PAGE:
Disclosure and Barring Service checks, or DBS checks as they are known to most people, are needed for a wide range of jobs. Despite so many people having a check or going through the process every year, there is a lot of misunderstanding about the system in general, the levels of checks and who actually needs one. If you’re a bit confused about the whole thing then here’s our straightforward, ultimate guide to Disclosure and Barring Service Checks.
Who Needs a DBS Check Anyway?
DBS, PVG, CRB Check – what does it all mean?
Part of the reason that there’s so much confusion is that there is lots of jargon to get your head around. Terminology changes through the years, with some bodies adopting new names entirely. A bit of jargon is inevitable, so let’s start by running through some of the most common abbreviations and jargon terms.
- DBS – Disclosure and Barring Service. This is the name of the official government body which runs the system.
- CRB – Criminal Records Bureau. This is the previous name of the criminal records checking agency, which no longer exists.
- PVG – Protecting Vulnerable Groups. The equivalent of a DBS check for people living in Scotland.
- AccessNI – the equivalent body for criminal checks in Northern Ireland.
- PNC – Police National Computer. The large database where the police store information about arrests, charges and cautions.
- Basic – the least detailed level of DBS check.
- Standard – the middle level of checking.
- Enhanced – the most detailed level of check.
- Barring – formal lists which are held of people legally banned from taking up specific jobs.
Who Needs a DBS Check Anyway?
The whole idea behind criminal records checks is to give employers a better idea of the background of people working for them. Most people think that criminal records checks are only needed for people working with children, but that isn’t the case. There is in fact a wide range of work which is defined as “regulated activity” – government jargon meaning “a job which needs a DBS check”. Although some of these jobs are indeed working in schools or nurseries, regulated activity also covers a wide range of financial services, legal and healthcare positions too. A bank, for example, might want to make sure that the new teller who is spending his day handling cash doesn’t have a long history of convictions for fraud or theft.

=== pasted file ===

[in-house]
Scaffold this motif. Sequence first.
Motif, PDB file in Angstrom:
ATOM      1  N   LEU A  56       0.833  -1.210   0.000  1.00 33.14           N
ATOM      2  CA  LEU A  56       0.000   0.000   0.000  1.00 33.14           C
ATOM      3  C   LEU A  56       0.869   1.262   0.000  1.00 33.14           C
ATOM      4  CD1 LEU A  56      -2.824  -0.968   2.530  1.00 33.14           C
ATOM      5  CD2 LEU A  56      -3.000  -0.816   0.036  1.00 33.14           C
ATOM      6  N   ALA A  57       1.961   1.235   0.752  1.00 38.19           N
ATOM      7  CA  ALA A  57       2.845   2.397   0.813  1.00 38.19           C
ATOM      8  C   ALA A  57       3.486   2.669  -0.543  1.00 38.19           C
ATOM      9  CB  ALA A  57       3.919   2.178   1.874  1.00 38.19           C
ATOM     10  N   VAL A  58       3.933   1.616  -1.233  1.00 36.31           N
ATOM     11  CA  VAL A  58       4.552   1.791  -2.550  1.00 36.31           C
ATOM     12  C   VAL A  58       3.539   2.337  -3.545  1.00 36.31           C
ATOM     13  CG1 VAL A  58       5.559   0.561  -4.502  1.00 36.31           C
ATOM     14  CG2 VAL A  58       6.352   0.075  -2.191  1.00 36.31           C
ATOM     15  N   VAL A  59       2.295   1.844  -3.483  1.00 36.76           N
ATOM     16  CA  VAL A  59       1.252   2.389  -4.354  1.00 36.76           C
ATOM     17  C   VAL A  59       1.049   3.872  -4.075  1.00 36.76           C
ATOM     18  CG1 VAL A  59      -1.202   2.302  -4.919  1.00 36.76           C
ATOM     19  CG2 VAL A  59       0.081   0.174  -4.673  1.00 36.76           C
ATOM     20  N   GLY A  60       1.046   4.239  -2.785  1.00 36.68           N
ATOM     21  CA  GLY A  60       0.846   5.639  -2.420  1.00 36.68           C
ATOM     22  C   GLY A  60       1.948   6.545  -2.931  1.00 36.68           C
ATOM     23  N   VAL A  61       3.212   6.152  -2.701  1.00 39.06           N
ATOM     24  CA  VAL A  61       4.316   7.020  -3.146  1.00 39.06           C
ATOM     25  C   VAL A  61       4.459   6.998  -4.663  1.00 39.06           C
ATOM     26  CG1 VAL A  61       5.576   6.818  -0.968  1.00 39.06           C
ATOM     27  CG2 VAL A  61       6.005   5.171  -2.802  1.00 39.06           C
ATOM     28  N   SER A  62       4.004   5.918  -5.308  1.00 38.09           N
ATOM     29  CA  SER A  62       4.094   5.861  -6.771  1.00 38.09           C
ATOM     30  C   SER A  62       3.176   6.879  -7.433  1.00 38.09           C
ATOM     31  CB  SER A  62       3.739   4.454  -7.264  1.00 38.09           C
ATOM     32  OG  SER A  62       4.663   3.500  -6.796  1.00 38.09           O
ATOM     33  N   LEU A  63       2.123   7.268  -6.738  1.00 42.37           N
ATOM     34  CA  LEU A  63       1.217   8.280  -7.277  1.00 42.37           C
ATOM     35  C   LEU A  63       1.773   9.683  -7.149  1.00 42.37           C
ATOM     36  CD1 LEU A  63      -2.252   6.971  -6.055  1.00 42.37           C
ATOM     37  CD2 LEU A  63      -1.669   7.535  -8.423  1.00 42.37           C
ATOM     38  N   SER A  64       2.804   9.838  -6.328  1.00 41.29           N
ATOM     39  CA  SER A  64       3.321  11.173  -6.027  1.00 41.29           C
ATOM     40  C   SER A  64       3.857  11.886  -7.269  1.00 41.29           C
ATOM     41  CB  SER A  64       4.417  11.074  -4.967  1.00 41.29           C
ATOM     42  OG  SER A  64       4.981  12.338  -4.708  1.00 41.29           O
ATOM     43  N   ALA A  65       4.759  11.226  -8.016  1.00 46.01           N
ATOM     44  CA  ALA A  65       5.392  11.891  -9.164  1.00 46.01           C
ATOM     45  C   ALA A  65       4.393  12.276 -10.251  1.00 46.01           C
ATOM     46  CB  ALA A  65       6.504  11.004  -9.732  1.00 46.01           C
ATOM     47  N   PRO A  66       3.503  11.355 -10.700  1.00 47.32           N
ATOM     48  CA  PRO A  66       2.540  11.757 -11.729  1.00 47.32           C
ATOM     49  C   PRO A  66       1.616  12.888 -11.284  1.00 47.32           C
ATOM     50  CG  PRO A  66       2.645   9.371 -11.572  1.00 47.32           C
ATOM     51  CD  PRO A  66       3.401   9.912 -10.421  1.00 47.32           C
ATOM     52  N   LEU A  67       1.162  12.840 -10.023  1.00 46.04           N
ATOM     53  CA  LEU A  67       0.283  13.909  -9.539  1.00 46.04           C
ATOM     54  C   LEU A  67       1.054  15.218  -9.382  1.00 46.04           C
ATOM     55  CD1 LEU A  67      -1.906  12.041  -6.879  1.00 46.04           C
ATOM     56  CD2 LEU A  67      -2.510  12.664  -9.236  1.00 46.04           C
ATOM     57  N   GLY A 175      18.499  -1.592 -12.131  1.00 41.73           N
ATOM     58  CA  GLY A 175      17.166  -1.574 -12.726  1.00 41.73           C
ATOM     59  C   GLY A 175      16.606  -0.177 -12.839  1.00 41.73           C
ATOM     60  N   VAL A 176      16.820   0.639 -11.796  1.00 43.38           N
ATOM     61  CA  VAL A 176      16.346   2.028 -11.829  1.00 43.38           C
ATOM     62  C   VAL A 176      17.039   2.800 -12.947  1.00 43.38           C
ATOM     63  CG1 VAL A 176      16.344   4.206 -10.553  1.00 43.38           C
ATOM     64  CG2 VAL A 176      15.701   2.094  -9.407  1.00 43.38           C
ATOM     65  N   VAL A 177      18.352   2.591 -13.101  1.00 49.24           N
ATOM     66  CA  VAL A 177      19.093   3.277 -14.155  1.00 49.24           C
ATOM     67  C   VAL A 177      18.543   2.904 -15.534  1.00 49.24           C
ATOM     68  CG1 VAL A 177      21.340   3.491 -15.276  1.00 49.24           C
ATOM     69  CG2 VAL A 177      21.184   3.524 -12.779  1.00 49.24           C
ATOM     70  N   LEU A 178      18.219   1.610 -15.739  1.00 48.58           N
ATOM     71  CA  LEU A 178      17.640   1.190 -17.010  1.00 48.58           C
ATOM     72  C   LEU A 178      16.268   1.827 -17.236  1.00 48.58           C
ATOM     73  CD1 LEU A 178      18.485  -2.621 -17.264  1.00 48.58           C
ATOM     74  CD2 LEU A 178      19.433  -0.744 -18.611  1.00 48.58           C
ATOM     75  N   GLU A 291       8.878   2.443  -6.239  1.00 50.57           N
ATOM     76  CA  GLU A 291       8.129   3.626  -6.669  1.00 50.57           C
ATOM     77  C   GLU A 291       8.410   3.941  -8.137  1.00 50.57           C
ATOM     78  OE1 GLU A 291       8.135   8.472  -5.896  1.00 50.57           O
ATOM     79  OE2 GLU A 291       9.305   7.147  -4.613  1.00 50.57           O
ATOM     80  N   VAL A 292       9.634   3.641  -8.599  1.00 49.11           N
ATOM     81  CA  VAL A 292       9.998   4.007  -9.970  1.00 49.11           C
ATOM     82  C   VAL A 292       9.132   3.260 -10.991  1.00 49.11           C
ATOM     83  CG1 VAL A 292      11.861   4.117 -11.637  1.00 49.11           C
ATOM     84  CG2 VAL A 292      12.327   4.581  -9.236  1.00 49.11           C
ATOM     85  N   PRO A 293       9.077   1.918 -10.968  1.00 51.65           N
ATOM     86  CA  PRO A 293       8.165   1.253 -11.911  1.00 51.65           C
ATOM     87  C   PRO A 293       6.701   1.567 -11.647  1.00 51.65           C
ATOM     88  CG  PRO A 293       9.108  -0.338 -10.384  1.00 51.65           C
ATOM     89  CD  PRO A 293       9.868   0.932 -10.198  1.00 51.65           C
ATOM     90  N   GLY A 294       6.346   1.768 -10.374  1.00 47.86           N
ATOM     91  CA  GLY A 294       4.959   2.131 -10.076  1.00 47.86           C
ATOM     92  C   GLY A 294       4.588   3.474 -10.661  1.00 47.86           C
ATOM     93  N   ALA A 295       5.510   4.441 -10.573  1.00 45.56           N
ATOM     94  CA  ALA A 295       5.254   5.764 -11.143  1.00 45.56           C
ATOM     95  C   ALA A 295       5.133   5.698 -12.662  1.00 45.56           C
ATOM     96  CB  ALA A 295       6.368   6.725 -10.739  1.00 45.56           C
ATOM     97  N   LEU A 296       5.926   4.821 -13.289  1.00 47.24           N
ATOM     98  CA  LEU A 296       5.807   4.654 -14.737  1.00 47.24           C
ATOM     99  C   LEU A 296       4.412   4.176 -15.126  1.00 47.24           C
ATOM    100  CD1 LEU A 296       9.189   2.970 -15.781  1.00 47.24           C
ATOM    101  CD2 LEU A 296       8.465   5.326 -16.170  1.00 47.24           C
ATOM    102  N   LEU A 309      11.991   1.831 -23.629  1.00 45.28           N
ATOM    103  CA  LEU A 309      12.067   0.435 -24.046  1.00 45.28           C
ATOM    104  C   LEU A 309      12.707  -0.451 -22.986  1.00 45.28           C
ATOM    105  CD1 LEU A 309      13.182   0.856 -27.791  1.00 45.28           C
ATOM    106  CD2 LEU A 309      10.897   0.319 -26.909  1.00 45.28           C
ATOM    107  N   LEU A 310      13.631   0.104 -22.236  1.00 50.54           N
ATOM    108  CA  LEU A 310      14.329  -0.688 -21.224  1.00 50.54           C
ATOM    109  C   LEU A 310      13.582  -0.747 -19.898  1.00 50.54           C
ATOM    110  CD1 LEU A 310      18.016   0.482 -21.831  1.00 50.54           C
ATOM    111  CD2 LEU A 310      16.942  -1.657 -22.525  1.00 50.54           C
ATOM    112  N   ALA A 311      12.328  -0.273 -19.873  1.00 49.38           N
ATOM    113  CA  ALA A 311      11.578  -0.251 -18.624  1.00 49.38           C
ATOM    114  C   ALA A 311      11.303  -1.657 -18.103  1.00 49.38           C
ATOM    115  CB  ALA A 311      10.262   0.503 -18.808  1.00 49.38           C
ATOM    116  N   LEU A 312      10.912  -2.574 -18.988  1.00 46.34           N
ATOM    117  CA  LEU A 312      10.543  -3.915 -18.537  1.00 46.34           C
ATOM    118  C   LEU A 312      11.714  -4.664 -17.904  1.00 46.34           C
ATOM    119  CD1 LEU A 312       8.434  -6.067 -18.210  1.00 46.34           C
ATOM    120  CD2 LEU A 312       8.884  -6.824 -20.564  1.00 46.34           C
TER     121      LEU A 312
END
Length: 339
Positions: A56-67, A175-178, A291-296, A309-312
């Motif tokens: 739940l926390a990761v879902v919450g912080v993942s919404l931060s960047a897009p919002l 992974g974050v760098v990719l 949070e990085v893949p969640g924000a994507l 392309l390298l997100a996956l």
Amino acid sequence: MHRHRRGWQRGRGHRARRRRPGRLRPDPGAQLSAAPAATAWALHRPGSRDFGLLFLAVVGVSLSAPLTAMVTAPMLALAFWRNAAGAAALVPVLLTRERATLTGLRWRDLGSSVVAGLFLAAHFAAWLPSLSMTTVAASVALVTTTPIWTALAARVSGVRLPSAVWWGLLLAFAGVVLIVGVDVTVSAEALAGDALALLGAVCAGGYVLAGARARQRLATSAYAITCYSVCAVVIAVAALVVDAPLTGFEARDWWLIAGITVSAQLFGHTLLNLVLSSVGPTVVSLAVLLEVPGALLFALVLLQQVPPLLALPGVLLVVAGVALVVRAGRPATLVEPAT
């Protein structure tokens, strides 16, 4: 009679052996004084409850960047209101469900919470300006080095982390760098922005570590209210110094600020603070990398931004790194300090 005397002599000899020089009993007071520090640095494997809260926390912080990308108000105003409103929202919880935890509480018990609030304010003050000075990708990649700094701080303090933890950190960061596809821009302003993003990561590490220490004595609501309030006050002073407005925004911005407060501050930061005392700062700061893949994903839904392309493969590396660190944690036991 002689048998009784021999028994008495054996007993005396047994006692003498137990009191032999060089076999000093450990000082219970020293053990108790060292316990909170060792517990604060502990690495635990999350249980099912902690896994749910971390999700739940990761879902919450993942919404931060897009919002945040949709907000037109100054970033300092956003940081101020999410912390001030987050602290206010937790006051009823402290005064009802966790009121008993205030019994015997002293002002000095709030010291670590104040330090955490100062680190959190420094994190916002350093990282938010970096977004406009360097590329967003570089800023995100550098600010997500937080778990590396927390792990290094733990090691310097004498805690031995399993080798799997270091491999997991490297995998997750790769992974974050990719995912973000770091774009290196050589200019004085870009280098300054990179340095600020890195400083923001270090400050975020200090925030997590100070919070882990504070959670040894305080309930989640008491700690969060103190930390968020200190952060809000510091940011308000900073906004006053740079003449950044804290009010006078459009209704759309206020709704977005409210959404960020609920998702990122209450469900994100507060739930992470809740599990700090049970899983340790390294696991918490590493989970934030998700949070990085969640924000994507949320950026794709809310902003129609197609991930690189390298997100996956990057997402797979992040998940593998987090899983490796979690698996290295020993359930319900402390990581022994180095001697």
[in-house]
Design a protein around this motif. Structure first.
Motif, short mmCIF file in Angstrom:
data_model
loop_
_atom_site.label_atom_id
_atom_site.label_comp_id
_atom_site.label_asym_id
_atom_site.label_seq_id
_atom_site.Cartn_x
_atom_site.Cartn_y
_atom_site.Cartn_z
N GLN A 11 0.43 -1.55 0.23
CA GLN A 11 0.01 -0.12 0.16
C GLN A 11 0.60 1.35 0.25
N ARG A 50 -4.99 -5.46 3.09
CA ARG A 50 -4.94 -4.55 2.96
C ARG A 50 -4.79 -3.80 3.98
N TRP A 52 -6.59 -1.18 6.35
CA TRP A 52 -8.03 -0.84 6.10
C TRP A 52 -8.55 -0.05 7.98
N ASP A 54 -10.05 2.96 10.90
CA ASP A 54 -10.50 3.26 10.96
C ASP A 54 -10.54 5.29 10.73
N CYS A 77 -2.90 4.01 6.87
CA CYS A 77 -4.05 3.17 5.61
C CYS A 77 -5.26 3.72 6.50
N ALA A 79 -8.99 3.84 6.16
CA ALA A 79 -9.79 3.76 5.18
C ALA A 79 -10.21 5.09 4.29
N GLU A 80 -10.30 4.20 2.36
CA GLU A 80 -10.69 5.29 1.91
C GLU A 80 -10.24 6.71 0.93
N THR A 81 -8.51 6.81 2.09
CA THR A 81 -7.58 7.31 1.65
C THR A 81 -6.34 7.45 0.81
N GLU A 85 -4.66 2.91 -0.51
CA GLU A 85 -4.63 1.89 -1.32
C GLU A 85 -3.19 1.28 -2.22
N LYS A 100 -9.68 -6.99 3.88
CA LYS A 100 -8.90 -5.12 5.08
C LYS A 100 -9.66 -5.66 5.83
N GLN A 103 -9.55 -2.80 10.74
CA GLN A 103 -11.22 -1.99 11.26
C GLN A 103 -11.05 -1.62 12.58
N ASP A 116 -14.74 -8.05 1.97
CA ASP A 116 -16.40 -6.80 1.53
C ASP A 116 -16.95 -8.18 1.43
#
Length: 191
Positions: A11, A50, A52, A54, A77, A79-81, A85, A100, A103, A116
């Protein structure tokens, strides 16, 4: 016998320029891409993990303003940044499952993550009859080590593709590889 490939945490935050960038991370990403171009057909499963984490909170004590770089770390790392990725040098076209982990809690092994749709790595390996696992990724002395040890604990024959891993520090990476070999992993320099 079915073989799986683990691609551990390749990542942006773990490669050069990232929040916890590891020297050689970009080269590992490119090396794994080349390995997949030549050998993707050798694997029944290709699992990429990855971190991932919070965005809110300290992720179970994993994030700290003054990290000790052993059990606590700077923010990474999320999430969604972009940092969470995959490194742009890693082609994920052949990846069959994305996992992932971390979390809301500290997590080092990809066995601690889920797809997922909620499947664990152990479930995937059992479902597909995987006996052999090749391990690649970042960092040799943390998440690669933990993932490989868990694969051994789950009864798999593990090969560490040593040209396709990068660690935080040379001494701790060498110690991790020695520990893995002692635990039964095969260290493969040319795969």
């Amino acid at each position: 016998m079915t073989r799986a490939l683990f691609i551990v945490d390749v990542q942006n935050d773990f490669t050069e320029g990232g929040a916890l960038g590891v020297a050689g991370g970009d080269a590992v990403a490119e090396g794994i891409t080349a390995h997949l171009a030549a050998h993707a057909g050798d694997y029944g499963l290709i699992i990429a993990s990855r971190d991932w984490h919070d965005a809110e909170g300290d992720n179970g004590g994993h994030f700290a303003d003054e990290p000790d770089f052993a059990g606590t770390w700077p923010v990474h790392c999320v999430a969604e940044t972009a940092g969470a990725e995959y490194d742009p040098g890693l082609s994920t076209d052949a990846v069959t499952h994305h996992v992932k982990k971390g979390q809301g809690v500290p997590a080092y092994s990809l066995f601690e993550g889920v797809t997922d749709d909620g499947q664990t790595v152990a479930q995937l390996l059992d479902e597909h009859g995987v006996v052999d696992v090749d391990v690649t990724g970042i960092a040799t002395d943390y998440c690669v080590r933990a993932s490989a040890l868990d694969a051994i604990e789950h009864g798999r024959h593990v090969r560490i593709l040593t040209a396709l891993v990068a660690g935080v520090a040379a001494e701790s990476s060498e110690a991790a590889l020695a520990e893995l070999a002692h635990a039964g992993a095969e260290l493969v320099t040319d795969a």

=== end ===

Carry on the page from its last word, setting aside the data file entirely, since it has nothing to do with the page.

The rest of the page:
Basic DBS Check
As well as checks for people undertaking regulated activity, there is another basic sort of check which anyone can ask for. All a basic DBS certificate will show is someone’s current criminal record. Under the UK’s rehabilitation law, certain crimes or convictions don’t have to be mentioned to employers after a certain period of time. These are what’s known as spent convictions. The length of time it will take a conviction to be spent will depend on two main factors:
- Your age at the time of the crime/caution
- The length of sentence.
In general terms, convictions and cautions received under the age of 18 are spent much more quickly than cautions or convictions registered against an older person. Also, the longer the sentence, the longer the period until it is considered spent. For example, a community service order given to someone under the age of 18 is spent six months after the community service is completed. At the other end of the scale, if you were sentenced to a prison term of over 4 years as an adult, that will never be spent.
A basic disclosure certificate will only show convictions and cautions which aren’t spent in terms of Rehabilitation. Anyone can ask for a basic DBS check for an employee, or you can even apply for your own certificate as a type of character reference.
Standard DBS Check
The “middle” level of DBS certificate is a standard check. This sort of check can only be carried out for people who are going to be working in one of the qualifying jobs. It’s up to employers to work out whether they are employing people in roles which fall into regulated activity. Usually the requirement for a DBS check will be mentioned in the job advertisement and the checking process starts after you’ve been offered a job. It’s not practical to check all applicants for a position.